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University of Iowa News Release

 

April 29, 2010

UI to host Iowa STEM Symposium, National Lab Day May 4

Iowa will have more informed business leaders, scientists and citizens if more students study science, technology, engineering and mathematics (STEM) subjects.

That will be the theme of the Iowa STEM Symposium to be hosted at the University of Iowa on Tuesday, May 4. Hosted in conjunction with National Lab Day, the symposium will bring together some 150 middle school students and 50 educators and business and community leaders from across Eastern Iowa.

Seeking to inspire a wave of future innovators, Iowa STEM Symposium activities will engage students in hands-on learning that will demonstrate how teamwork, critical thinking and multidisciplinary collaboration are fostered in STEM-related careers. Students will explore, experiment, test and maybe even get their hands dirty in learning labs across the University of Iowa campus.

"Some students will learn about how virtual environments are used to train emergency medicine practitioners, advance the safety of our soldiers and observe how medication may be impairing drivers, while others will wear the hats of a geoscientist to explore Iowa’s water quality or a food-borne disease detective to crack the case of a contamination outbreak," said Chad Ruback, assistant vice president of external relations at University of Iowa Health Care. "At the end of the day, each student will have learned more about the role of STEM education in our every day lives and in the exploration of careers of potential interest"

At the same time, teachers and community members will explore how their collaboration will inspire the next geoscientist to care for Iowa’s rivers and biomedical engineer and genetics researcher to keep Iowa on the leading edge of discovery.

"This day represents one of the many ways we're bringing together leaders in business, government, education and communities to positively impact and influence science, technology, engineering and mathematics (STEM) education in Iowa," said Lyn Countryman, executive director of the Iowa Math and Science Coalition, the event's host organization.

At the May 4 symposium, the central theme will be the importance of STEM studies to our nation, said special guest speaker Gina Schatteman, UI associate professor of integrative physiology in the UI College of Liberal Arts and Sciences. She is currently on leave to take a two-year fellowship through the American Association for the Advancement of Science (AAAS).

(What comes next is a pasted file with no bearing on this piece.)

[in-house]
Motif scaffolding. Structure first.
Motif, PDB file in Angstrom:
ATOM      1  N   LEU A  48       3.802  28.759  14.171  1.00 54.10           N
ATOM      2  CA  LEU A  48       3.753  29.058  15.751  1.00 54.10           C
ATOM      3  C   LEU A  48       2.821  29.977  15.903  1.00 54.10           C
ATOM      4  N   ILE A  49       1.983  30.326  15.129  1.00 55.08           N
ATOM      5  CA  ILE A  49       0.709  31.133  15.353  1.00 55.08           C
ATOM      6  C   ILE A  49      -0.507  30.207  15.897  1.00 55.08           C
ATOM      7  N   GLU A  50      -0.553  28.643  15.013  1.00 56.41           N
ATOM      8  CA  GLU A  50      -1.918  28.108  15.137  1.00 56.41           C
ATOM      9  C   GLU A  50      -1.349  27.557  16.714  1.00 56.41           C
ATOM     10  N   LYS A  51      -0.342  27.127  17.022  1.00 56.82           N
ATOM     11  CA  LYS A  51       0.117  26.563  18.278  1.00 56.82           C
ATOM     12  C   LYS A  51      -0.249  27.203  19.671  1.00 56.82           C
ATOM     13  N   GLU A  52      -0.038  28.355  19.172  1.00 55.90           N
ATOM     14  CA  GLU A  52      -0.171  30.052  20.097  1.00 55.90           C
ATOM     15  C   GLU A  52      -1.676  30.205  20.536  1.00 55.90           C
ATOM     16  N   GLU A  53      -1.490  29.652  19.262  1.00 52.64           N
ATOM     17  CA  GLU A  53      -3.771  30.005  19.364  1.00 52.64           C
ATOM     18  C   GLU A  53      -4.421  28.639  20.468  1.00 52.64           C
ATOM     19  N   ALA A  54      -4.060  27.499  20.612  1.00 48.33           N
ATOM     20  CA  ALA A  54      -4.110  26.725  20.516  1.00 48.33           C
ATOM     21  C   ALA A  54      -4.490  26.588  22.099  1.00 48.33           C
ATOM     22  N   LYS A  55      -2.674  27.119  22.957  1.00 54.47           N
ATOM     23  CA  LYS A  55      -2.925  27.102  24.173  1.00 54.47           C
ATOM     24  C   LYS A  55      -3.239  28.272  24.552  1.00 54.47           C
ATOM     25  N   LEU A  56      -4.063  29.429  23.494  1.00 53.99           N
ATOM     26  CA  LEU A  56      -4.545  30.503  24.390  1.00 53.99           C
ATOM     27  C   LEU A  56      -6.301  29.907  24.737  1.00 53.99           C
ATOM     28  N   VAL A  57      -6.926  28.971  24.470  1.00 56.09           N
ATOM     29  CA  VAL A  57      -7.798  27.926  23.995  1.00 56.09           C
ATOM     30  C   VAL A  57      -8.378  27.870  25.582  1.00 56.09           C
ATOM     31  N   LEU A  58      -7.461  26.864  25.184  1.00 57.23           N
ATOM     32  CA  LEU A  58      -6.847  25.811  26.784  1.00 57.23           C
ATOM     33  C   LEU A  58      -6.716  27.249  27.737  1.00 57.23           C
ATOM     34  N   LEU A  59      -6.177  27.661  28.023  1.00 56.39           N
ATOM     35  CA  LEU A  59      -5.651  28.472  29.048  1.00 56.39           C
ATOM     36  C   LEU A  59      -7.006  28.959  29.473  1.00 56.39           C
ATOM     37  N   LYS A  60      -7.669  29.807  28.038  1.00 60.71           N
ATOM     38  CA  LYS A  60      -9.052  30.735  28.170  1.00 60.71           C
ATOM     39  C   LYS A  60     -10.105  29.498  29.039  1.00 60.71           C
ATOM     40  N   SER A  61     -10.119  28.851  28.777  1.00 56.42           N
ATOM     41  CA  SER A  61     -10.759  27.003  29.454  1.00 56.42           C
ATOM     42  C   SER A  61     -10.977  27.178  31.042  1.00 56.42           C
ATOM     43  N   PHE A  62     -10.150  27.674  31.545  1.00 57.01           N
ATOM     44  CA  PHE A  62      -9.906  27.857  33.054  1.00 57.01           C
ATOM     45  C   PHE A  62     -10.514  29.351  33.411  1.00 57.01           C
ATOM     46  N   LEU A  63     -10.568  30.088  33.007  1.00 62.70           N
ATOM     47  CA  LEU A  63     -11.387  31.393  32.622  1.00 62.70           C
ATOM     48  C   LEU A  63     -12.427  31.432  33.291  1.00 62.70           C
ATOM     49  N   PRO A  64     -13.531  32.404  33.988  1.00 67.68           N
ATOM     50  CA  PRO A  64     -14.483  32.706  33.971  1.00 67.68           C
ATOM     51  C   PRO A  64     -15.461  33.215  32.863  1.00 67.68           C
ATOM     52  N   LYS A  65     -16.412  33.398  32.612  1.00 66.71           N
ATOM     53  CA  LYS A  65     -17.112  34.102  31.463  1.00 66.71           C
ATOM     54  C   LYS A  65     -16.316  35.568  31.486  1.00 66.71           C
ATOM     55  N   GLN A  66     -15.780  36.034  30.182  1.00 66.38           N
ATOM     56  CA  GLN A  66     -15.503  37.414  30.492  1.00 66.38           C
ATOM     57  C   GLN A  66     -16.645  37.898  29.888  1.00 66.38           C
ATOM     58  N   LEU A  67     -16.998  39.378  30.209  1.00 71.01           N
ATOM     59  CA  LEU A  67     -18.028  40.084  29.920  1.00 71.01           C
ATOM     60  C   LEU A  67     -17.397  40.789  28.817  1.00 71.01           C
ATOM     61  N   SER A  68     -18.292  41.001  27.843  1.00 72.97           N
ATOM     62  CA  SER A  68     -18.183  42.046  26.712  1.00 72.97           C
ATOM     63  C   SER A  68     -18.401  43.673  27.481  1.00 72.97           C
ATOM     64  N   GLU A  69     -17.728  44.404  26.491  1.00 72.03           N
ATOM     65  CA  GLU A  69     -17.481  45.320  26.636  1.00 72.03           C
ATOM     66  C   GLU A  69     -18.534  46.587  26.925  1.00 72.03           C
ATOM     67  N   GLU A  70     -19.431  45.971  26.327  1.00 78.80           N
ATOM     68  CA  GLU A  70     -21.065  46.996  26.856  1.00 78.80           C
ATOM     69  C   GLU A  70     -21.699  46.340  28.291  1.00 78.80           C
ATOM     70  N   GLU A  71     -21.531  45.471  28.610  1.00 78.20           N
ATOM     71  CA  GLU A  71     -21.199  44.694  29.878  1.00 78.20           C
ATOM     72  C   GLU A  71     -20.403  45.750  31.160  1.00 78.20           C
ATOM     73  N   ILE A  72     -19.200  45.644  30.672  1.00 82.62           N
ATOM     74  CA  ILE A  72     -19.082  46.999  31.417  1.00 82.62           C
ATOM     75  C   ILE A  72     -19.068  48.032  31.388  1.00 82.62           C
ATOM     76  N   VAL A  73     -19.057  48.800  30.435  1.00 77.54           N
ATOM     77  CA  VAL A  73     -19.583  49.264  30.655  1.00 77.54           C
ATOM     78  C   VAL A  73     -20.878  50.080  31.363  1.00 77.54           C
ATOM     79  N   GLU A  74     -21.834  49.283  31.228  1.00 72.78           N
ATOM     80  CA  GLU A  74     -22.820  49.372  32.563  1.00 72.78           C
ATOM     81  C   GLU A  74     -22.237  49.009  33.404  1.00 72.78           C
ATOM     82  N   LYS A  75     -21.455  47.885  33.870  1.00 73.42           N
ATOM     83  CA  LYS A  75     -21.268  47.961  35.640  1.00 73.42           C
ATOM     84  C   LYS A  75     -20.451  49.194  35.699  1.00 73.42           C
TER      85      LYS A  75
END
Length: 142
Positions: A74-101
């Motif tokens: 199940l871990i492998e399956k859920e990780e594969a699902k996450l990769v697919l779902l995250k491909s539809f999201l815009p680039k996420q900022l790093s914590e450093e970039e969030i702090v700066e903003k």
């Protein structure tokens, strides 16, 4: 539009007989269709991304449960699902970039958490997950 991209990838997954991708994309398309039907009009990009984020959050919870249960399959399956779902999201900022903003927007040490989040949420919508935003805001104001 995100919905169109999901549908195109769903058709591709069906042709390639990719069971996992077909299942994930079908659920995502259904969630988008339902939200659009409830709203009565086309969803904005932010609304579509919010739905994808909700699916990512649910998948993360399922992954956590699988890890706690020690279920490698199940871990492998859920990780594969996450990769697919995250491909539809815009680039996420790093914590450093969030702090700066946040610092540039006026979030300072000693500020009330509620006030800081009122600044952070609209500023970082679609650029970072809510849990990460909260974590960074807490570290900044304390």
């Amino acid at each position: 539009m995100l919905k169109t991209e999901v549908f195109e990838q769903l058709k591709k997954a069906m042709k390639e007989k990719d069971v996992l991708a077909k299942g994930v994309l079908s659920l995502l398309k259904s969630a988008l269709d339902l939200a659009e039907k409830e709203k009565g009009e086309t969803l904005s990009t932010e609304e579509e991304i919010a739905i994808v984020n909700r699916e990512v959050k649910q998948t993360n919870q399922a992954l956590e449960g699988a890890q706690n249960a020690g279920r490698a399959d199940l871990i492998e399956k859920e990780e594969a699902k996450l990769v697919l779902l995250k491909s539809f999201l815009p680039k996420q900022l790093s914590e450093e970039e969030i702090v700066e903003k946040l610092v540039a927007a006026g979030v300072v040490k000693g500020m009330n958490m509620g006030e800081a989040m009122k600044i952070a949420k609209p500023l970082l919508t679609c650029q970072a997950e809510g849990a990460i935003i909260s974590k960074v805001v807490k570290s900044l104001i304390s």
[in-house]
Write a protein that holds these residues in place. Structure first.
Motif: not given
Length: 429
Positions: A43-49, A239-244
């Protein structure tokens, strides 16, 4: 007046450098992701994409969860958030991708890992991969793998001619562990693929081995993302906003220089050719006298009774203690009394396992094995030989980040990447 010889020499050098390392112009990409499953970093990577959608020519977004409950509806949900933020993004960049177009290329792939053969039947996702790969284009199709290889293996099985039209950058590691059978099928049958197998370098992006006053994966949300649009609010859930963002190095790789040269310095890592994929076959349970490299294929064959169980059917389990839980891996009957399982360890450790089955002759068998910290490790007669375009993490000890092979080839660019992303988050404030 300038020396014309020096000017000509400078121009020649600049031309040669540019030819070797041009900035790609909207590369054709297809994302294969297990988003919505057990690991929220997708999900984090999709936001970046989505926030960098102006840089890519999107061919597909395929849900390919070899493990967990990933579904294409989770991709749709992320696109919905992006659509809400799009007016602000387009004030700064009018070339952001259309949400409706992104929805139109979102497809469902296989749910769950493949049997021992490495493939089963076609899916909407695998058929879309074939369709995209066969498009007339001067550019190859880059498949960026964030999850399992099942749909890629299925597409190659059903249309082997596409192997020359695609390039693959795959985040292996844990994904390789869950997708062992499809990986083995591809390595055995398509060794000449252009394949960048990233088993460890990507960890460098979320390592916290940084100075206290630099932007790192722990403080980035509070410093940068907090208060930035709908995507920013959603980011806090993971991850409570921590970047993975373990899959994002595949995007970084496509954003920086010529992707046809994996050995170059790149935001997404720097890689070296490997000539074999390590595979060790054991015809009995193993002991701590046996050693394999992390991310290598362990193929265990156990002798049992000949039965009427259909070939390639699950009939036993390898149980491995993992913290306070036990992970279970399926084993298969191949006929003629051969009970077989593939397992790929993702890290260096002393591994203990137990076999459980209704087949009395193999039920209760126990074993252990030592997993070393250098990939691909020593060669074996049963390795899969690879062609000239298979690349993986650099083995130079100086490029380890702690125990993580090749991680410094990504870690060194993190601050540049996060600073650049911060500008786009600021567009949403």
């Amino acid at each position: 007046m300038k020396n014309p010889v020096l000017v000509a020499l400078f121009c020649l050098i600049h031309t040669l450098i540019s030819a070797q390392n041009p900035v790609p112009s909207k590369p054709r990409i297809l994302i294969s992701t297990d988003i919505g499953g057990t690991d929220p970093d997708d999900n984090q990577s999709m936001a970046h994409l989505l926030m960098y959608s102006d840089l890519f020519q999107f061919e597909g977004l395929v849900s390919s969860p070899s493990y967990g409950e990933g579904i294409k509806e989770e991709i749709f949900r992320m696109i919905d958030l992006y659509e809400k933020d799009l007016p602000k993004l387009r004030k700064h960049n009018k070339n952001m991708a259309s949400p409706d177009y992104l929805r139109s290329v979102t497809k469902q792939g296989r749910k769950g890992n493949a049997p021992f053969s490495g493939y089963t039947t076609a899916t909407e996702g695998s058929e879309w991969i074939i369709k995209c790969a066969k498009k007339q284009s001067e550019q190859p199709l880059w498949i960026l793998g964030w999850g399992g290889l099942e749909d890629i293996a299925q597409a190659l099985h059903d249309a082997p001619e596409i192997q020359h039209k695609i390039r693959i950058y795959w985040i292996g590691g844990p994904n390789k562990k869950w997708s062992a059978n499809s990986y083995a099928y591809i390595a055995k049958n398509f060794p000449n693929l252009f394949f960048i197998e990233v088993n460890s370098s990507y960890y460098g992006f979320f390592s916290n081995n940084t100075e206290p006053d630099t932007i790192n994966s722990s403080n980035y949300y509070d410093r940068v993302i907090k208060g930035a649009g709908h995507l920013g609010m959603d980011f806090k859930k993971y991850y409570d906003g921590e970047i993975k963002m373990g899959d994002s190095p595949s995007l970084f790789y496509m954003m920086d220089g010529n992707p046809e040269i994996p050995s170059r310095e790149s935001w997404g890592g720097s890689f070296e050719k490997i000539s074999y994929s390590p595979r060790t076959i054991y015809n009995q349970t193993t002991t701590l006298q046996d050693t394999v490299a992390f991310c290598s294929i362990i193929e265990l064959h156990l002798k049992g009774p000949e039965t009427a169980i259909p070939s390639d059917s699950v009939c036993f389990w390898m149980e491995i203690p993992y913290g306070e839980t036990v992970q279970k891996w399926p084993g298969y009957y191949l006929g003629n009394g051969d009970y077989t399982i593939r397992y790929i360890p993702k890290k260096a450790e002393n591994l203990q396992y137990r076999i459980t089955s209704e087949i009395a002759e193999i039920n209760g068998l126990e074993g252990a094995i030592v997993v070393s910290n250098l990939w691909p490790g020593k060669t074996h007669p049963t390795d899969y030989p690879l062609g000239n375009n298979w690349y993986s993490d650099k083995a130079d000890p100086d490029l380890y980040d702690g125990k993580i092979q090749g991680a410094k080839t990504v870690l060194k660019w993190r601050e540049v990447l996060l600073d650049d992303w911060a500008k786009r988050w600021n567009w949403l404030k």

Schatteman, who will return to teaching at the UI this fall, has focused her fellowship on planning National Lab Day -- a joining of volunteer professionals in the sciences with students in grades 6-12. Based at the National Institutes of Health's Office of Science Education in Washington, D.C., she has helped recruit more than 200 scientific organizations to partner in providing middle and high school students with hands-on learning experiences. Her UI talk will be an outgrowth of her fellowship work.

"I will discuss the implications of the failure to improve STEM education for our youth, economy and political stability," she said. "The problem is soluble, but the public must recognize it as a problem and the vested interests need to compromise. Like global warming, we acknowledge that there is a problem, but we minimize it, so we can put off dealing with it."

Schatteman said that educational improvements will, of course, require hard work from students and teachers, but parents and the broader community also need to pitch in.

"A culture of learning comes from parents," she said. "Parents must encourage their children to learn and back that up with actions. They can help with homework, limit activities so that a child has time for homework and sleep, have family dinners, show children that they value education by learning something new. They should assume the child will go to college or technical school after high school."

Similarly, community members have important roles to play.

"Make noise. Put pressure on vested interests to collaborate, cooperate and compromise. Make sure that every sector of the community recognizes the importance of STEM education to economic growth, social justice and political stability," she said.

Why should the average person on the street care?

"In the old days a person could work on an assembly line and make a solid middle class wage," she said. "Where are those jobs now? The low-skill ones have been outsourced to countries with cheap labor. The rest have been automated. If you are an employer, who would you rather have running that machine? Someone who has memorized the manual and can respond to any crisis outlined in it or somebody who can apply sound scientific and engineering principles to respond to a problem that isn’t in the manual. If the kids in India learn to do this, but ours don’t, why keep the factory here?"

Planners of the Iowa STEM Symposium say the symposium itself is only the beginning. Teachers, community leaders and others have been granted a charter by the governor's office to help create a strategic STEM education and coalition building plan for Iowa.

For more information on National Lab Day Web see http://www.NationalLabDay.org. A related site, where Schatteman was lead developer of a place designed to provide information, training materials and resources for National Lab Day volunteers is at http://science.education.nih.gov/NIHSciEdNation.

Also, see the site for the Iowa Math and Science Coalition: http://www.imsconline.org/.

STORY SOURCE: University of Iowa News Services, 300 Plaza Centre One, Iowa City, Iowa 52242-2500

MEDIA CONTACTS: Gary Galluzzo, writer, 319-384-0009, gary-galluzzo@uiowa.edu